about the author

Fatimah Asghar is a poet, performer, photographer, writer and thinker who is almost always in-between two places. Currently, her heart is in Cambridge with her sisters while her body is in Sarajevo, where she is on a Fulbright grant, writing, researching, exploring and constantly tripping over herself. In her time spent not being the clumsiest person in the world, Fatimah enjoys using different artistic mediums to play with traditional storytelling. Her literary work hovers between prose and poetry, examining fact through a lyrical lens, and uses the page as a stage and the body as a page. Her Web site is fatimahasghar.com.

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Fatimah Asghar

This time
when she asks me to be her daughter
I will say yes.

I will not pretend
to be lost in the yoyo tug of her tongue.
I know the word for ‘alone’
in every stuttering language I speak.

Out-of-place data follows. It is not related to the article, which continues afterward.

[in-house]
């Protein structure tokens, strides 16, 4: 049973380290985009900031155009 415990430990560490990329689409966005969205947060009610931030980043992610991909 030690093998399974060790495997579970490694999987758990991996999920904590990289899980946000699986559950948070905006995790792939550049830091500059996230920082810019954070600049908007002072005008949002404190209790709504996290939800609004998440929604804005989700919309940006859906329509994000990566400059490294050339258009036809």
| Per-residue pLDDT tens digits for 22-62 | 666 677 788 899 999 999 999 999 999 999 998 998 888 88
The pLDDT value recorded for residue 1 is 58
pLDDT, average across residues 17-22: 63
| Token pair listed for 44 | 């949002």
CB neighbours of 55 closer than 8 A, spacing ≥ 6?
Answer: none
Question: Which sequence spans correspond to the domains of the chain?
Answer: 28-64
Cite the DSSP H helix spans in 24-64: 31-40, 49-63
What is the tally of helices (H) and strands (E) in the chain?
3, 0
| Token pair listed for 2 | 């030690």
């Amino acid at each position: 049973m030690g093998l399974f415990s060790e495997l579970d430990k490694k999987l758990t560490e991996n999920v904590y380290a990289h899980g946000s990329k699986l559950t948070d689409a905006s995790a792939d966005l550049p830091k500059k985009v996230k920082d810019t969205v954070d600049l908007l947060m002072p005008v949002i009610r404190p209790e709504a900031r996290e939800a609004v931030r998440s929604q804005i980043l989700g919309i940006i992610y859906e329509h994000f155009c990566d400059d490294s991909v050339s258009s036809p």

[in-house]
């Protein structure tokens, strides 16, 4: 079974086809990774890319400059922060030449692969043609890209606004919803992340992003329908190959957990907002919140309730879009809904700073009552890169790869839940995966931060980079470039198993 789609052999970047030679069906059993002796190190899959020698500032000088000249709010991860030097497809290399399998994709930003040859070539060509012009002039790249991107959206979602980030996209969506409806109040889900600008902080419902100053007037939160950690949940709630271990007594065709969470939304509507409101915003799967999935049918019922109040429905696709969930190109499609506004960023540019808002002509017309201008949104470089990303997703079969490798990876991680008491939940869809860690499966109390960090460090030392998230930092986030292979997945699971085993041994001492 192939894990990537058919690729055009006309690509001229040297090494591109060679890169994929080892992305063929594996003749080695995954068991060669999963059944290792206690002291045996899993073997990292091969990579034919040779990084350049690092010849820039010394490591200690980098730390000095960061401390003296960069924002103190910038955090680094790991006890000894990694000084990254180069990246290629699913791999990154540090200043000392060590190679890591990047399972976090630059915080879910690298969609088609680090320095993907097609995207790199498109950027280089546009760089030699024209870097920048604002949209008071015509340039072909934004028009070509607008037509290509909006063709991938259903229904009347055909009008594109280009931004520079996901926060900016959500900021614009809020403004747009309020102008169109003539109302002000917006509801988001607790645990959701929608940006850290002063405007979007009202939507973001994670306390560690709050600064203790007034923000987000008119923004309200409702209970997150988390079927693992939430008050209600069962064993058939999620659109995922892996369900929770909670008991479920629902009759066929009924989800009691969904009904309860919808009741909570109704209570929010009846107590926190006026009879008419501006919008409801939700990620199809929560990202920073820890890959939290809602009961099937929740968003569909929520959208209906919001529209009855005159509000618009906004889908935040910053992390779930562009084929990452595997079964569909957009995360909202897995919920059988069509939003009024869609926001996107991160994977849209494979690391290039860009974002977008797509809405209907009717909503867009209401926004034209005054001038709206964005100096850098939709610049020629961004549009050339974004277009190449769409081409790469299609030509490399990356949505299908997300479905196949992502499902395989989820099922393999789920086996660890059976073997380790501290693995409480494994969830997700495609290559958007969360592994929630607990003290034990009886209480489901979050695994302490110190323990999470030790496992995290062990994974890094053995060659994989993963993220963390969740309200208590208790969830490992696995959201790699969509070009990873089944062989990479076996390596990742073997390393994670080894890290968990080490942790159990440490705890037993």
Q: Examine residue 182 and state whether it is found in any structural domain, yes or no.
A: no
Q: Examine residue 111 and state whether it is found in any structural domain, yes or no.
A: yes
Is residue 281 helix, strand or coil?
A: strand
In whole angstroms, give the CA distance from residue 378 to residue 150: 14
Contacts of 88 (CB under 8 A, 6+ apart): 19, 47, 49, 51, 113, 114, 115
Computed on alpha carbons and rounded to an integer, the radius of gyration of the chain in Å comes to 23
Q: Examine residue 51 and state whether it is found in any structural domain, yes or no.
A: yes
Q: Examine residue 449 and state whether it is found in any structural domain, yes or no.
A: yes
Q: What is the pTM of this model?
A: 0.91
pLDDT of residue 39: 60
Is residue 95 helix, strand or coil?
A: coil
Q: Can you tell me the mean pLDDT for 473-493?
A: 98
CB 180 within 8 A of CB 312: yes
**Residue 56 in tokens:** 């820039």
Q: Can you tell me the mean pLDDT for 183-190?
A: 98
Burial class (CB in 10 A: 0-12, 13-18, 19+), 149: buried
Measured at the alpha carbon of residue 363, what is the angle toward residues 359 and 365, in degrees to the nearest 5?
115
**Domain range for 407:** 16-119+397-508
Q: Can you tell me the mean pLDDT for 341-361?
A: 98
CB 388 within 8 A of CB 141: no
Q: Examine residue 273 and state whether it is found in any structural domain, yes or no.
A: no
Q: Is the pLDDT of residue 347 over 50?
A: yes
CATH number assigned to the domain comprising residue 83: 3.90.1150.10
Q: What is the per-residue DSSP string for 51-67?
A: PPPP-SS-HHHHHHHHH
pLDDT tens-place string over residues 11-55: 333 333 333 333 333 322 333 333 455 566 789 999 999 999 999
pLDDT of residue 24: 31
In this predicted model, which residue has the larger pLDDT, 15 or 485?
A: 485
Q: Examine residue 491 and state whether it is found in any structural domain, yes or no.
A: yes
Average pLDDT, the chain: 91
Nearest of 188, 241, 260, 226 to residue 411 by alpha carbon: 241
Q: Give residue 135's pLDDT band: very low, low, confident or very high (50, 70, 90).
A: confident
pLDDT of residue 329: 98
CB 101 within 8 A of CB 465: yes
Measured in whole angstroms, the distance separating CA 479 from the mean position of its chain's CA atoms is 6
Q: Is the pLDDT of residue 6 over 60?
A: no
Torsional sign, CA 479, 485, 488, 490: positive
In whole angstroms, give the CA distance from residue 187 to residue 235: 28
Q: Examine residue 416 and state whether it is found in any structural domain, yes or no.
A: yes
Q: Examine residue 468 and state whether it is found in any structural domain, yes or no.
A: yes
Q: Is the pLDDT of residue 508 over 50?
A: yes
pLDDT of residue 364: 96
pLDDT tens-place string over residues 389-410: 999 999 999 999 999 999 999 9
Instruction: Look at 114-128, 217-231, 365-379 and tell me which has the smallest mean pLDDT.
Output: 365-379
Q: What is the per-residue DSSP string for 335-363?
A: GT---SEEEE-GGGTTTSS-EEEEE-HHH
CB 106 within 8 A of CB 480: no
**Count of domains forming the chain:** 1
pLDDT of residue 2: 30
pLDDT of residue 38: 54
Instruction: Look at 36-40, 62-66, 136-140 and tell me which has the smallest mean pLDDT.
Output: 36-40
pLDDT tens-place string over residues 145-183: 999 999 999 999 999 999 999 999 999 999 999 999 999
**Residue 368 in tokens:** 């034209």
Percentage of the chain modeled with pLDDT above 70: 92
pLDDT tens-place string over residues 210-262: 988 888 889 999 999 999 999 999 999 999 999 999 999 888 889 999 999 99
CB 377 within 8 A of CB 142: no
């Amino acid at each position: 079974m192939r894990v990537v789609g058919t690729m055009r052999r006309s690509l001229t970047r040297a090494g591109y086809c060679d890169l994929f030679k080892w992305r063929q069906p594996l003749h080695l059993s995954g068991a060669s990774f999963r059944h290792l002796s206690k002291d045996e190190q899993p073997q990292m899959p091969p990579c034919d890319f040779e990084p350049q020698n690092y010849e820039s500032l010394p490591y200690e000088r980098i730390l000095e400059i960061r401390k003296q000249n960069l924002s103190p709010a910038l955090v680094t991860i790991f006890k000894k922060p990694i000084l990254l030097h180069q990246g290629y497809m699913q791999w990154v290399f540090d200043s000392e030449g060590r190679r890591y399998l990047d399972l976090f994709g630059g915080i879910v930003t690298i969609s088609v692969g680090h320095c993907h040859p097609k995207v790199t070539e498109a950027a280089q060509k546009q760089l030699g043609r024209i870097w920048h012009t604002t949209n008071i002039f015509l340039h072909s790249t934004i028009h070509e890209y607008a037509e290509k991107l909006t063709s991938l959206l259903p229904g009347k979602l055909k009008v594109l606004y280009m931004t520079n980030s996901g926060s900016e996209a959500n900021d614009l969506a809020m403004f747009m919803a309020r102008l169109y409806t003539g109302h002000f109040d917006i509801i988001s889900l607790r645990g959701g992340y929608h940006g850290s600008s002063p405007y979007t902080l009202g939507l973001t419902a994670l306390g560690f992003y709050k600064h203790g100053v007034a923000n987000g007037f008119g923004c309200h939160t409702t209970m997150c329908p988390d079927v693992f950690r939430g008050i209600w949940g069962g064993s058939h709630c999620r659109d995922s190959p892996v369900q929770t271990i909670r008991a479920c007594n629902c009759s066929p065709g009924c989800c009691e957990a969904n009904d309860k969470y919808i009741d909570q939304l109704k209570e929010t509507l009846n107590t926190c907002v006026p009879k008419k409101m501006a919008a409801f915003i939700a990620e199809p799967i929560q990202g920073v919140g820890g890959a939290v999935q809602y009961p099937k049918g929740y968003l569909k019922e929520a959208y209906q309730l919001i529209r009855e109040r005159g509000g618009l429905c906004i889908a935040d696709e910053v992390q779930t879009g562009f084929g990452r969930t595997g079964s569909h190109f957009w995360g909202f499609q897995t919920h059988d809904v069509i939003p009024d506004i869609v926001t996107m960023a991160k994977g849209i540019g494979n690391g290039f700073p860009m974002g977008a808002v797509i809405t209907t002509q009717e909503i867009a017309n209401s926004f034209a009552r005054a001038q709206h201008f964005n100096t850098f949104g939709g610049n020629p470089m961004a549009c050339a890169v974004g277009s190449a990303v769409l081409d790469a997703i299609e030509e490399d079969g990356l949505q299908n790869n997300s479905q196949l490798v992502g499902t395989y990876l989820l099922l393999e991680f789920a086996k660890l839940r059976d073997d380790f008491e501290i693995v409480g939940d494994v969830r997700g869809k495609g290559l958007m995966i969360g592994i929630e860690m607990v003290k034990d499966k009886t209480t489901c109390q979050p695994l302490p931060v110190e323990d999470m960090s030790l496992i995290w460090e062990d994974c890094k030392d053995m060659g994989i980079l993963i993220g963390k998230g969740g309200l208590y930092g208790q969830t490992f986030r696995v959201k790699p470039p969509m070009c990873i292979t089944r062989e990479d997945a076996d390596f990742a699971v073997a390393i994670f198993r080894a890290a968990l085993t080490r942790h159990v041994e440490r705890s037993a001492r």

I will drink all the coffee she puts
in front of me. Gulp down its bitter.
Hate the shadows it leaves in my mouth.

I will let her worry about my late nights.
My tendency to lock myself in rooms
I have no business in. My falling. My boys.

I will let her buy me socks. I will stop
wearing ones with holes. I will learn
I am worthy of things that are not broken.
That keep me warm when they promise to.

We will fight. I will say things I do not mean
I will make her cry because I know she
will not leave. I will revel in the security
of unconditional.

This time
when she asks me to be her daughter
I will move my things into her house.
I will pretend with all the wanting of yes
With all the hate of alone

This time, when she asks for me to be her daughter
I will say:
I do not know how.
I have never been one.

I will let her worry.

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